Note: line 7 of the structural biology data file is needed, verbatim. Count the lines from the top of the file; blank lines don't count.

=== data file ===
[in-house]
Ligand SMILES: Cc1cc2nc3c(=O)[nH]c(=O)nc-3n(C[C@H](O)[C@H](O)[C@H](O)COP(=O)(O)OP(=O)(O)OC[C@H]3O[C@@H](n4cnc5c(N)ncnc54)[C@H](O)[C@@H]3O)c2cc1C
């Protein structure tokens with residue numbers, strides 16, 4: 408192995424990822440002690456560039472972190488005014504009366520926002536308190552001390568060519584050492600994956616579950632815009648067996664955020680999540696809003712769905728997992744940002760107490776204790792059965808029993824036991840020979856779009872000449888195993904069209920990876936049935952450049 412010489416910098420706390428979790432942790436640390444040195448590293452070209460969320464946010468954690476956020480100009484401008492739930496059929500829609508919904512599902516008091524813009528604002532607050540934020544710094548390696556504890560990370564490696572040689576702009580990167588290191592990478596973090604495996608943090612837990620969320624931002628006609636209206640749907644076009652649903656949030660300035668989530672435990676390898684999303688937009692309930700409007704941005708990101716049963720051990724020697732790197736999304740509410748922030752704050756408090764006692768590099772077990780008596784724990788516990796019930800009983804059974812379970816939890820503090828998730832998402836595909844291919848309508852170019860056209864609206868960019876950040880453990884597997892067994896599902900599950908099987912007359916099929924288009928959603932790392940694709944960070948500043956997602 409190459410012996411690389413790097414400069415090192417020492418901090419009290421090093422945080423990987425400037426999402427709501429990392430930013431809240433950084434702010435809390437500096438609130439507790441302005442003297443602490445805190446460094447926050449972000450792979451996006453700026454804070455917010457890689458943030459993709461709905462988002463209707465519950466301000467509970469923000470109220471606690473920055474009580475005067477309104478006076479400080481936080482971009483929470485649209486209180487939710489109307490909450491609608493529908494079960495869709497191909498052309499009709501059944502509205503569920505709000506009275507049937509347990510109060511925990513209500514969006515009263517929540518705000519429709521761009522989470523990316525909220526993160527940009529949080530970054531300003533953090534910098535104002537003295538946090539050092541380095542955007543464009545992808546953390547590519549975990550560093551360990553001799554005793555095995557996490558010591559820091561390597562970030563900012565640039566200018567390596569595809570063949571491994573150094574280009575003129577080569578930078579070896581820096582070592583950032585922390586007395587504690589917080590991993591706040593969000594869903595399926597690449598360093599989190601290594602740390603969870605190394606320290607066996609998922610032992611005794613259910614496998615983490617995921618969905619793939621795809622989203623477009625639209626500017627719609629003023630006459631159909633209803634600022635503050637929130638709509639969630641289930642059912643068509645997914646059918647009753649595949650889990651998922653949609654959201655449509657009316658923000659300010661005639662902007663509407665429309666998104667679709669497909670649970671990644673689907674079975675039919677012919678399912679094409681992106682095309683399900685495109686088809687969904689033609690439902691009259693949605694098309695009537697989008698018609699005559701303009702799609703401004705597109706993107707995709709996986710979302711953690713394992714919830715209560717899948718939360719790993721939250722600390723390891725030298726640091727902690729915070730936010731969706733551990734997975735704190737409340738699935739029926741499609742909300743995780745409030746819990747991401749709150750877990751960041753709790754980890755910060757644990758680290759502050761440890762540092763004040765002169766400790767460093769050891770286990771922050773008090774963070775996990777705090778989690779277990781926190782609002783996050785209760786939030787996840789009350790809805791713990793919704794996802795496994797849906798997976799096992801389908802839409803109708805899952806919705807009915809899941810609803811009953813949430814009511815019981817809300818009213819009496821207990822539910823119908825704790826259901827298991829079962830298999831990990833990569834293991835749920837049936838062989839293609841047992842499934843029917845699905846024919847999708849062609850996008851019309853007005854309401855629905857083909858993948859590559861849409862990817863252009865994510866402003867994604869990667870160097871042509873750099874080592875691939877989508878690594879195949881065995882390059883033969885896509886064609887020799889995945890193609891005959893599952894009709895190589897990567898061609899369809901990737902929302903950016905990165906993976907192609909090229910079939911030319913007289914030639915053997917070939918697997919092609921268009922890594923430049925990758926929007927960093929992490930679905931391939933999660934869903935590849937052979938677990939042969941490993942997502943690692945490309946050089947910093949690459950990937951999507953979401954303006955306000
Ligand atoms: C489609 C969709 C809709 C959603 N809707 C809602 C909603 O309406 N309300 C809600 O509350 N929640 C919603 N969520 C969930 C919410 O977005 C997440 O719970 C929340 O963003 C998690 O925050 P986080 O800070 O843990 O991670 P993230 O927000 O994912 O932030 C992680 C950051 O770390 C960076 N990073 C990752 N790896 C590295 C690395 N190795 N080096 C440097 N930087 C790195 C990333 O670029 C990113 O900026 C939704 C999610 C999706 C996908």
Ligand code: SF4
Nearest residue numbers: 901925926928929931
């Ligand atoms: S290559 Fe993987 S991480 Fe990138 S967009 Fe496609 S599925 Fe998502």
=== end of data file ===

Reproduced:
């Ligand atoms: S290559 Fe993987 S991480 Fe990138 S967009 Fe496609 S599925 Fe998502």